Q. What shapers influenced you starting out and currently?

A. Starting out, Mike Eaton and Stu Kenson.  Now, Matt Biolas and whoever it is that designed the Oracle trimeran

Q. What sort of designs are you are working on?

A. Right now there’s a board I call the Chum Lee for Mannkine. I did a similar design for Firewire called the Sweet Potato.  It is 6 to 8 inches shorter than the rider and is a 4 finner.  It changed my mind as to what really makes a surfboard work.

Q. How was it working on the new Firewire Taylor Jensen model?

A. It was cool.  Taylor was a good friend of my brother when they were five and up so I’ve known him a long time and like his surfing a lot.  He loves surfing and has an intense sense of what works and doesn’t work in his boards.

Q. Describe some of the innovative work you are doing on board design and development?

A. I feel like we are only now scratching the surface on what surfboards can and should be.  The first thing that needs to change is the process to make a board.   Processes need to change so surfboards can be made more cleanly (eco-friendly), easily and with more consistency so that surfers know what they are going to get when they buy it.  This will increase the surfboard’s value for surfers, inject more excitement and creativity into the industry and make it an inventive vibrant industry again.

Along with changes in surfboard manufacturing processes, we need to use more sophisticated materials in surfboards.  There’s nothing like the dynamics of riding a wave on a board, so the improvements made to surfboards needs to come from those who make them and more importantly, surf them.  I love my old PU boards with a wood stringer, but if we want to experience what a surfboard really can be, we have to use carbon fiber.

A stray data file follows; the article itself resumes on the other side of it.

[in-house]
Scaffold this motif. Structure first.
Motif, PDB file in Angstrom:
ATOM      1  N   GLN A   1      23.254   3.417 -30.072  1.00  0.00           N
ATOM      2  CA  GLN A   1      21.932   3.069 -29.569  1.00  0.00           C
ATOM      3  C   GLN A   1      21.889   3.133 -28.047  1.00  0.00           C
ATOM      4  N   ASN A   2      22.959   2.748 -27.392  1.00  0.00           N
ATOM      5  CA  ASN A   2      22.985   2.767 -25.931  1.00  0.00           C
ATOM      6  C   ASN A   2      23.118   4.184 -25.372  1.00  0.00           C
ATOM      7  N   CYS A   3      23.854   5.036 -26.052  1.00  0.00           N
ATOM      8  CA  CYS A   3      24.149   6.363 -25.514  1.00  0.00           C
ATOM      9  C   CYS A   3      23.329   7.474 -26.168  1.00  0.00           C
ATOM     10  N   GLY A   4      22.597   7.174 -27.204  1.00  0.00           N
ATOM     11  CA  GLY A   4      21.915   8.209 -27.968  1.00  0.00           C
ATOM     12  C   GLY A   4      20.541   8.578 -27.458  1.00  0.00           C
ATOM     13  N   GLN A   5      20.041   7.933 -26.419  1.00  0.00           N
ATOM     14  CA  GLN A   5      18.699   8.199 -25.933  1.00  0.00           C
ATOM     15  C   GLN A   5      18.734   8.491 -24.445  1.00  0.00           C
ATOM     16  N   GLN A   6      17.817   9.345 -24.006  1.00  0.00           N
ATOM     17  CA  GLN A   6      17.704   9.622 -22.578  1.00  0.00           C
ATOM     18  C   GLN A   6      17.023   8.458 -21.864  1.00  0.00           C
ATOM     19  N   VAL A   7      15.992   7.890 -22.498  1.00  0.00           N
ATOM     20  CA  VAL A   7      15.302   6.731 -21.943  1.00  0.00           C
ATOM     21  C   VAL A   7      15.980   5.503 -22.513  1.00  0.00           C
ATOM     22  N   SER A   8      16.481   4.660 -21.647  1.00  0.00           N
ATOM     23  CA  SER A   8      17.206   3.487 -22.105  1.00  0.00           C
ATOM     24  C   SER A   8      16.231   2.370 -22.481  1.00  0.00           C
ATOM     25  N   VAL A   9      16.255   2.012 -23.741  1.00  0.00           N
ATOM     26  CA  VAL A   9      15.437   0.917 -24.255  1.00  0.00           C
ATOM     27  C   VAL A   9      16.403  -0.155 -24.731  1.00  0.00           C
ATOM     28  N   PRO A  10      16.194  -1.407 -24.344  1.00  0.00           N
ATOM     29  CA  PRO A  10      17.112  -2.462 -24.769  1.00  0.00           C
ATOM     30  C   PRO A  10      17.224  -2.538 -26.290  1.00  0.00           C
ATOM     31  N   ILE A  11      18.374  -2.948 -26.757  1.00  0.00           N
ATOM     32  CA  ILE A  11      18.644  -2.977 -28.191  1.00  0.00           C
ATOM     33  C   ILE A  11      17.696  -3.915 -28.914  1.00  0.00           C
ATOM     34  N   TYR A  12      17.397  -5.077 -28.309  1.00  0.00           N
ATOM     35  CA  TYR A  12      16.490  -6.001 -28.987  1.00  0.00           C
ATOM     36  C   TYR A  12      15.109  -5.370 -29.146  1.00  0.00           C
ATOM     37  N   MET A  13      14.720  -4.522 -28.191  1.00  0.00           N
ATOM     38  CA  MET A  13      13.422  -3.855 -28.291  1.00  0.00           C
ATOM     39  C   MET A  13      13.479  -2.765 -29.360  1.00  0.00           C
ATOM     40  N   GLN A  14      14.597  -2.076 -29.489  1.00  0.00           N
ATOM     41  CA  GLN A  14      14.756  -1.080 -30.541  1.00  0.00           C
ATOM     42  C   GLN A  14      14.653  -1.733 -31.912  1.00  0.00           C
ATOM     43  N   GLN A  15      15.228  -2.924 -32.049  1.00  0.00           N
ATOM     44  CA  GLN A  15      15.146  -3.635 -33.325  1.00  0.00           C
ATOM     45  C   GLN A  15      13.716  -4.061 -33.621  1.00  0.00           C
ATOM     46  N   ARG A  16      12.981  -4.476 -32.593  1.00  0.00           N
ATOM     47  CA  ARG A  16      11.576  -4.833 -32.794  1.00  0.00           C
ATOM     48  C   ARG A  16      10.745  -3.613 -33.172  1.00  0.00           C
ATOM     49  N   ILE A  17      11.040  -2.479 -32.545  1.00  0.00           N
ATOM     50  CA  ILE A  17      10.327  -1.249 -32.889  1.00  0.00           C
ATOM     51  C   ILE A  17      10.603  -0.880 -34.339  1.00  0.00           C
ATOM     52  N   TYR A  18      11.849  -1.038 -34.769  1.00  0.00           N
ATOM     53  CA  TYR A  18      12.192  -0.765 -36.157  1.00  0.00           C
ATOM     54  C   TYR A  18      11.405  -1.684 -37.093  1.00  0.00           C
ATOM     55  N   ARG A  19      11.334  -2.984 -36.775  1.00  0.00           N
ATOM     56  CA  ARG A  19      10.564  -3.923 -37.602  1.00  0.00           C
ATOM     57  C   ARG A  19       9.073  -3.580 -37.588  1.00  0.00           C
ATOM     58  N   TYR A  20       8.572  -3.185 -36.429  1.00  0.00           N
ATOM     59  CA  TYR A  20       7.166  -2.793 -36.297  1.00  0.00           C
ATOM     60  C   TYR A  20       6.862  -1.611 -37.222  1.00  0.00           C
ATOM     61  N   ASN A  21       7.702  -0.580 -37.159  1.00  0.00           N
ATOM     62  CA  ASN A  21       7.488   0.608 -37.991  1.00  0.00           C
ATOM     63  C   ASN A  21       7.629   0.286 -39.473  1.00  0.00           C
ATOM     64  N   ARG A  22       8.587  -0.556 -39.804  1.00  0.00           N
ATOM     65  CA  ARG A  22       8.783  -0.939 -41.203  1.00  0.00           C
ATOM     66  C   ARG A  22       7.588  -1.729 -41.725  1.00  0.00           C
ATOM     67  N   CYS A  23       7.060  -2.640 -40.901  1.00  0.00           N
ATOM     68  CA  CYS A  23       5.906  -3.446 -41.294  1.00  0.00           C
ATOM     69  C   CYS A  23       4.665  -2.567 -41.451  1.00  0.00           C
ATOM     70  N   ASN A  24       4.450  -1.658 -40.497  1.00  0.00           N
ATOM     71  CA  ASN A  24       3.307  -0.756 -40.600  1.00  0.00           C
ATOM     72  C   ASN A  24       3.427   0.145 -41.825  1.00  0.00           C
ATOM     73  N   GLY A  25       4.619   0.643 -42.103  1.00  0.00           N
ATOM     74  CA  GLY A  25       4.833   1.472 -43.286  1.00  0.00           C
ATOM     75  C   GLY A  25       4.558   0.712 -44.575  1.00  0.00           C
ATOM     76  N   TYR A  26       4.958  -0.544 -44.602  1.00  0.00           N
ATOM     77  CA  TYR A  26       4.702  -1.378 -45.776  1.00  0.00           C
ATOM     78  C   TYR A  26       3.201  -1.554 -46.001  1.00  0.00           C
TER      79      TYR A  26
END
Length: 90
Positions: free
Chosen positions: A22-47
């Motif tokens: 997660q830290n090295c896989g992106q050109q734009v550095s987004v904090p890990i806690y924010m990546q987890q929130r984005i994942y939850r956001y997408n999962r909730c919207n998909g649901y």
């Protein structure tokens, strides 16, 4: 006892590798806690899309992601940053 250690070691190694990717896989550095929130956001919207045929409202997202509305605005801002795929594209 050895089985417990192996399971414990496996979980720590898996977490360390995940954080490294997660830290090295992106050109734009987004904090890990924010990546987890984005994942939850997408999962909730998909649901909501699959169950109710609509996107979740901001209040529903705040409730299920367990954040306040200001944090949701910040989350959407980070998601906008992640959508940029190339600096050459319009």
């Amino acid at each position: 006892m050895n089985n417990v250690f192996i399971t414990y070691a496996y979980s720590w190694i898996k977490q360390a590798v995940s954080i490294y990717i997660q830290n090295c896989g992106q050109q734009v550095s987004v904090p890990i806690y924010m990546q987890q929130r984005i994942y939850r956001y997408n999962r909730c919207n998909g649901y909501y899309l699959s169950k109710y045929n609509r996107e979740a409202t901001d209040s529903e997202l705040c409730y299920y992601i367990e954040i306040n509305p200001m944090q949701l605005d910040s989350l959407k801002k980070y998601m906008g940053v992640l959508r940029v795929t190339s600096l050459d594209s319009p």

This doesn’t mean just make a board and have some sort of carbon somewhere on it.  The carbon needs to be the main force behind the structure and more importantly  the way the board is bending or flexing – the feel of the board. This is the difference between a magic board versus an OK one.

This must be done in a way that does not interfere with the shapers ability to design. I have spent most of my time since 2003 making boards with this sort of stuff in mind and have a patent on a technology I call ‘Incide’ technology that addresses these issues.

Q. Where did the collapse of Clark Foam leave the surfboard industry?

A. It left the industry scrambling in good ways, bad ways and every way in between.  Ultimately we are here (five years to the day!) with several other companies, occupying the void Clark left with essentially the same product with very little meaningful innovation. So, things are a bit flat in the industry.

Q. How do you test-drive your designs? Is it your own feedback or that of key surfers that matter?

A. I definitely love surfing my own designs and ideas but the best and most meaningful feedback comes from other surfers. I feel like the best ideas and interpretations come from the end users.

Q. Handmade vs. computer designed and machine shaped?

A. Depends on what the guy who orders the board is looking for. I find most guys are pretty serious about getting something they are REALLY going to like and for this I think you can’t say enough about a computer aided, properly designed, machine cut board.

Q. Is there a future for the small “handcrafted” surfboard shaper/manufacturer?

A. For sure. I think if young guys want to get into it they simply need to be better than the generation ahead of them. They will need to know about the ENTIRE board and board building process. They also will need to be more inventive and creative.  The big guys are definitely getting bigger though.